FPG vs. FPL: What's the Difference?
The terms "FPG" and "FPL" are often used interchangeably, but they are not actually the same thing; there are, in fact, important functional differences between the two concepts.
The federal poverty level (FPL) is the income threshold below which a “family,” and every individual in it, is considered to be in poverty.1 The poverty definition is based on money income before taxes and does not include capital gains or non-cash benefits. The official FPL is calculated annually in order to reflect inflation by the Census Bureau and is used primarily for statistical purposes—for example, to estimate the number of Americans in poverty each year. The Census Bureau assigns each person or family a singular threshold out of a possible 48, which can vary by family size (designated up to a nine-person family unit or more), number of children, and—in the case of one-person and two-person households—elderly status. The FPL is the same, however, for all 50 states and the District of Columbia (D.C.).
Table 1. Poverty thresholds for 2022 by size of family and number of related children under 18 years
Source: U.S. Census Bureau. (2023). Poverty thresholds. Note: The source of the weighted average thresholds is the 2023 Current Population Survey Annual Social and Economic Supplement (CPS ASEC).
The federal poverty guideline (FPG) is a poverty threshold issued by the Department of Health and Human Services (HHS) for administrative purposes—for example, determining financial eligibility for federal programs. FPG, like FPL, varies by family size. However, elderly status is not considered in FPG calculations. Additionally, FPG is not uniform nationally: The 48 contiguous states and D.C. use the same FPG, while Alaska and Hawaii each have their own FPG. Reflective of new administrative practices for the Office of Economic Opportunity (OEO) during the 1966-1970 period, separate guidelines were established for Alaska and Hawaii. Other U.S. territories, such as Puerto Rico and the U.S. Virgin Islands, for instance, do not have separate guidelines, and FPG determinations use either the rate for the 48 contiguous states or some other calculation made by local program officials.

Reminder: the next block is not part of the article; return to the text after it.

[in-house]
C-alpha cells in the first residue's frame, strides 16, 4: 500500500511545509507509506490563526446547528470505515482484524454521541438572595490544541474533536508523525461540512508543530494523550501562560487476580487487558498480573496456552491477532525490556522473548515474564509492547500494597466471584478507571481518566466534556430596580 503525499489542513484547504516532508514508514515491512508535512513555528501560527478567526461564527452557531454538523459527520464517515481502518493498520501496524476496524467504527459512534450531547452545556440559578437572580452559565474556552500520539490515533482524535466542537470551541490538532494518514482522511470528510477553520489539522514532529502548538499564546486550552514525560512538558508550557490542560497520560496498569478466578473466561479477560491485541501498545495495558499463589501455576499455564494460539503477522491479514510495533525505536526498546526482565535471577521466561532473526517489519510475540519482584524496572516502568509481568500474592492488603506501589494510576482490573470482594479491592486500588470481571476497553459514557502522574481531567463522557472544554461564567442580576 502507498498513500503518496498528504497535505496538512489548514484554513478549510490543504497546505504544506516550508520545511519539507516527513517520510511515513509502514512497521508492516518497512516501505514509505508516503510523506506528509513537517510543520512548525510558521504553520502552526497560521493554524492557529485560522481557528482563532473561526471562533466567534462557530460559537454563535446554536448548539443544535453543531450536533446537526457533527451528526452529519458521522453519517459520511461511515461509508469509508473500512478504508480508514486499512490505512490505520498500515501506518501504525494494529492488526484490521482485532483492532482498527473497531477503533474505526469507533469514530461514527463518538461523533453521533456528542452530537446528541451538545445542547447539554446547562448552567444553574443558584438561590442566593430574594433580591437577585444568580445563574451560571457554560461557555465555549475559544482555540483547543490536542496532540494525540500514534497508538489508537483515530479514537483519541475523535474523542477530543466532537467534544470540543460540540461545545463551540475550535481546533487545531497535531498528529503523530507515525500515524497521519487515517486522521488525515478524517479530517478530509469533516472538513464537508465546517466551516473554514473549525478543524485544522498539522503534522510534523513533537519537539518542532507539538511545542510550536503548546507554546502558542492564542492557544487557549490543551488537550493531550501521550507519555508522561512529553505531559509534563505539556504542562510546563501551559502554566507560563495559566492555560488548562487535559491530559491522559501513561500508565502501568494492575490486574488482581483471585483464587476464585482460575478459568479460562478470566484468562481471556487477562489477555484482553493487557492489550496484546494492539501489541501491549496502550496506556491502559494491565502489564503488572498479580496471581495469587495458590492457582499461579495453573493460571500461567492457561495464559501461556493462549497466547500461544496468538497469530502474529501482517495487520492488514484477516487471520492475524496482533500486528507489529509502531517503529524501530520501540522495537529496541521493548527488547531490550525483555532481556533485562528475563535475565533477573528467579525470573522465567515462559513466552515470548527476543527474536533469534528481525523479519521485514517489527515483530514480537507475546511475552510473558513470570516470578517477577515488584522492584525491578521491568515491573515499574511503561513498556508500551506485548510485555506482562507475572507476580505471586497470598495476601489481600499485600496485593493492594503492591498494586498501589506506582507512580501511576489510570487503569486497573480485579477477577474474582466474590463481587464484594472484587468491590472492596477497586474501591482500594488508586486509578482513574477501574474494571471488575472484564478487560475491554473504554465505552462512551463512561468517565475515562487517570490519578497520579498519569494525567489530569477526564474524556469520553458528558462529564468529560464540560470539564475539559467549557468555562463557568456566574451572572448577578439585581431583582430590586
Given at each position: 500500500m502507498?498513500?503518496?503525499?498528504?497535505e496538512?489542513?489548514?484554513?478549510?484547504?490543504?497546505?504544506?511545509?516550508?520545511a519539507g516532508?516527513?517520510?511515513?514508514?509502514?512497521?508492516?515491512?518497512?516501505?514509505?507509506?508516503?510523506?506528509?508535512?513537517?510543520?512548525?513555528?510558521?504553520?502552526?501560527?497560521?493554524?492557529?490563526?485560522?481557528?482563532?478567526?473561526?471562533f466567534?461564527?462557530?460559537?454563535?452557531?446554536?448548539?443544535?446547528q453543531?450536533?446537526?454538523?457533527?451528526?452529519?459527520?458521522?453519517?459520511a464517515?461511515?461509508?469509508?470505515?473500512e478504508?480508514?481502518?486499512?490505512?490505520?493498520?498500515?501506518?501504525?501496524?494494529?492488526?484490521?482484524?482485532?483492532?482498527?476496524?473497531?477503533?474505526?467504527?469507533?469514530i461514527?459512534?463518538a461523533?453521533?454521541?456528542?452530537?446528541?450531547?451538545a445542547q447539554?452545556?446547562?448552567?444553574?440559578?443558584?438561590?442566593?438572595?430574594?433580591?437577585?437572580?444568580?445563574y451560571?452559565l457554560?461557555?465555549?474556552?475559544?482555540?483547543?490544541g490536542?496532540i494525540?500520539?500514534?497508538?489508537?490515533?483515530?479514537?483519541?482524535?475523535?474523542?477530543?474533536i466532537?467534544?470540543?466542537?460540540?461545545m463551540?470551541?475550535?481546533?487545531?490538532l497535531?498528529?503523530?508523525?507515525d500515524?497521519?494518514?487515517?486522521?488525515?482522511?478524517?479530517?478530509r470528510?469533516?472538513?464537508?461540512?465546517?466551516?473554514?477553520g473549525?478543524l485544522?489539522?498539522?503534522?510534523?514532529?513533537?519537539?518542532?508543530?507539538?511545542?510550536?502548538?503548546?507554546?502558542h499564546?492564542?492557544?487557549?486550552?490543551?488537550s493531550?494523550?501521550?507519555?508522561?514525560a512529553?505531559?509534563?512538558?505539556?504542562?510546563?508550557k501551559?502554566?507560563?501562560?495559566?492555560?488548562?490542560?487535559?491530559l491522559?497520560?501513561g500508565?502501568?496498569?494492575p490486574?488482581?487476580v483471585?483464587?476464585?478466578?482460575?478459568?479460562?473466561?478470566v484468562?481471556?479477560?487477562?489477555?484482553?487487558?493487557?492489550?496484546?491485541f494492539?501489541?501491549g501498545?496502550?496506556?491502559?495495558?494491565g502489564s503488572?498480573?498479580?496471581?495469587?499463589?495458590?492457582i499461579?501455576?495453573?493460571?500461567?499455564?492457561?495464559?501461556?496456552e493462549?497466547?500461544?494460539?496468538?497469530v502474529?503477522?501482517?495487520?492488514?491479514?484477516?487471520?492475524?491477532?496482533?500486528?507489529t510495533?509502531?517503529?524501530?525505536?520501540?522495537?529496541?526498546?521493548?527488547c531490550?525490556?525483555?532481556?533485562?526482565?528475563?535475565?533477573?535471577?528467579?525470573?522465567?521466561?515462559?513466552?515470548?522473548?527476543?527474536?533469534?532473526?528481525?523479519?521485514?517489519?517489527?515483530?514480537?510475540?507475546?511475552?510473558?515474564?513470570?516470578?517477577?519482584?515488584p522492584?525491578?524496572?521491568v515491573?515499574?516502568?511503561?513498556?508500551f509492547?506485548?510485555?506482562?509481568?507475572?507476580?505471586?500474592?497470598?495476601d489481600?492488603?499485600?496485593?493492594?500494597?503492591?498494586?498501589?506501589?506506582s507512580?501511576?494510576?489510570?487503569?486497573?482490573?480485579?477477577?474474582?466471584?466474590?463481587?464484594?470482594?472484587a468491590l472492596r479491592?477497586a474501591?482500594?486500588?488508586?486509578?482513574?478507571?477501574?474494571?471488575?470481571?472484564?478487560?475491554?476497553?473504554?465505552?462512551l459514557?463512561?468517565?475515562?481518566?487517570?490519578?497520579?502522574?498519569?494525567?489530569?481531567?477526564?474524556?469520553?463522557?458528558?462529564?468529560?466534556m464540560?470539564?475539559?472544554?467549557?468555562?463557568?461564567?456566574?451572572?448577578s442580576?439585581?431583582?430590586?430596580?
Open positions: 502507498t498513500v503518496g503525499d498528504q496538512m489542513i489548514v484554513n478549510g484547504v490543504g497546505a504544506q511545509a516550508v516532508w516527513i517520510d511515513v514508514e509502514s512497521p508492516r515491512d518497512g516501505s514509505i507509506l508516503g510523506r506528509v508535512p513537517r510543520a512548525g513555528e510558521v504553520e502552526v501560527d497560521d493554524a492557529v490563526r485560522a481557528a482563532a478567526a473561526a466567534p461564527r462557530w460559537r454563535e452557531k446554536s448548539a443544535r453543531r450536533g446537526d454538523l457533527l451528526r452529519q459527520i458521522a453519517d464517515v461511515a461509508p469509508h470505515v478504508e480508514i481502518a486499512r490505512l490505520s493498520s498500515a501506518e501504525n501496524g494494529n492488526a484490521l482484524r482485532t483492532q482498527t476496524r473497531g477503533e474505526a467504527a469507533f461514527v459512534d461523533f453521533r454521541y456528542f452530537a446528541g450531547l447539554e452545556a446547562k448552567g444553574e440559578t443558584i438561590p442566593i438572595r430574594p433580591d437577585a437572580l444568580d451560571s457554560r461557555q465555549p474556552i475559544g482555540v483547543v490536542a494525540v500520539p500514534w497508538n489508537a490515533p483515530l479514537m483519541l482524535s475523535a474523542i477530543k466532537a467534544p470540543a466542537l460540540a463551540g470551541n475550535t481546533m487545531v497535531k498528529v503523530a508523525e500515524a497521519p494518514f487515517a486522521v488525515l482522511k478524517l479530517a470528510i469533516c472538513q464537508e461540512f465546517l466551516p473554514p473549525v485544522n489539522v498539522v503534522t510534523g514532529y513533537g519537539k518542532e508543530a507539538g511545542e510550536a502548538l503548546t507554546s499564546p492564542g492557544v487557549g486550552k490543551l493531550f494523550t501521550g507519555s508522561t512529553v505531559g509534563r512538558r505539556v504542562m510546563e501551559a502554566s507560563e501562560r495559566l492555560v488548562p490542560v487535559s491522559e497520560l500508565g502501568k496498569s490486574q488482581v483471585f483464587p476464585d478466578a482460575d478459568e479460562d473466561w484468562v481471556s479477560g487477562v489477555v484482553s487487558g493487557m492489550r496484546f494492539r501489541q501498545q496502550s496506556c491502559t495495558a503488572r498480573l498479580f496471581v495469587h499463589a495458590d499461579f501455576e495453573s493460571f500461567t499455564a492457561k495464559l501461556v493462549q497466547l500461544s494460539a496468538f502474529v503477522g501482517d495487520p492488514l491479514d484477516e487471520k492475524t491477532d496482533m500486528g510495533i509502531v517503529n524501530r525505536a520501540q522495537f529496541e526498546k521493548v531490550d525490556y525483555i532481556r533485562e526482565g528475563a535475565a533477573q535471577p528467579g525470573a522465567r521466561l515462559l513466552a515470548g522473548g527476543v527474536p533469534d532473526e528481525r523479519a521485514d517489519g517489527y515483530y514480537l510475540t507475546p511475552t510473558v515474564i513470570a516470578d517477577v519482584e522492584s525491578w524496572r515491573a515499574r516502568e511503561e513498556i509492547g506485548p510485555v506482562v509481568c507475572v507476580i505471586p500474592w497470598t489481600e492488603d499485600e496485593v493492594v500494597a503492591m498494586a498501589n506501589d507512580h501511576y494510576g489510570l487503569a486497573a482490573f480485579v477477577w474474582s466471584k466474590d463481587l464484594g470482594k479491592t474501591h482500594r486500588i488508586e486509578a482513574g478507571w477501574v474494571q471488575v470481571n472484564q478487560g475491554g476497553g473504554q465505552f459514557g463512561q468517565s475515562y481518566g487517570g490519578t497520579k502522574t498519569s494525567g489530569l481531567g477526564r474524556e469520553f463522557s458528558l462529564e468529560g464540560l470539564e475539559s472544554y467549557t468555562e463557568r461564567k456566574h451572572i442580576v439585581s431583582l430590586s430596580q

Table 2. Poverty guidelines (FPG) for 2023
Source: Office of the Assistant Secretary for Planning and Evaluation (ASPE). Poverty Guidelines. Department of Health and Human Services (HHS).
Ultimately, FPL and FPG identify different numbers of people below the same poverty threshold, with FPG generally placing more people in lower poverty categories than FPL. Additionally, the two measures are released at different times relative to the year to which they apply: The Census Bureau issues its final FPL calculations in the year after the year for which poverty is being measured (e.g., the 2022 FPL, which reflects the calendar year 2022, was issued in April 2023). FPG, on the other hand, is issued by HHS in late January after the year for which poverty is being measured but is named for the year in which it is released (e.g., the 2023 FPG was issued in January 2023, but reflects price changes through calendar year 2022 only). Although the naming conventions for the FPL and the FPG seem to reflect different years, they do, in fact, provide measures for the same year and are therefore comparable.
Current and future eligibility for Medicaid is based on FPG, as are the exchange-based, cost-sharing, and premium subsidies that take place under the federal Affordable Care Act (ACA). Given that these programs affect a substantial and growing number of people, it is important to acknowledge that FPG is distinct from FPL in ways that have significant ramifications on a practical level.
Sources on FPL and FPG
Office of the Assistant Secretary for Planning and Evaluation (ASPE). Poverty Guidelines. Department of Health and Human Services (HHS). https://aspe.hhs.gov/topics/poverty-economic-mobility/poverty-guidelines
Office of the Assistant Secretary for Planning and Evaluation (ASPE). Poverty guidelines, research, and measurement. Department of Health and Human Services (HHS). https://aspe.hhs.gov/topics/poverty-economic-mobility/poverty-guidelines/prior-hhs-poverty-guidelines-federal-register-references
U.S. Census Bureau. Poverty Thresholds. https://www.census.gov/data/tables/time-series/demo/income-poverty/historical-poverty-thresholds.html
U.S. Census Bureau. How the Census Bureau measures poverty. https://www.census.gov/topics/income-poverty/poverty/guidance/poverty-measures.html
1 A “family” for these purposes refers to a family unit, which can be a single person household but cannot be any singular or multiple individuals living in nontraditional housing such as in group quarters (e.g., institutions, college dorms, military barracks, etc.). Additionally, a family unit does not include unrelated children under the age of 15.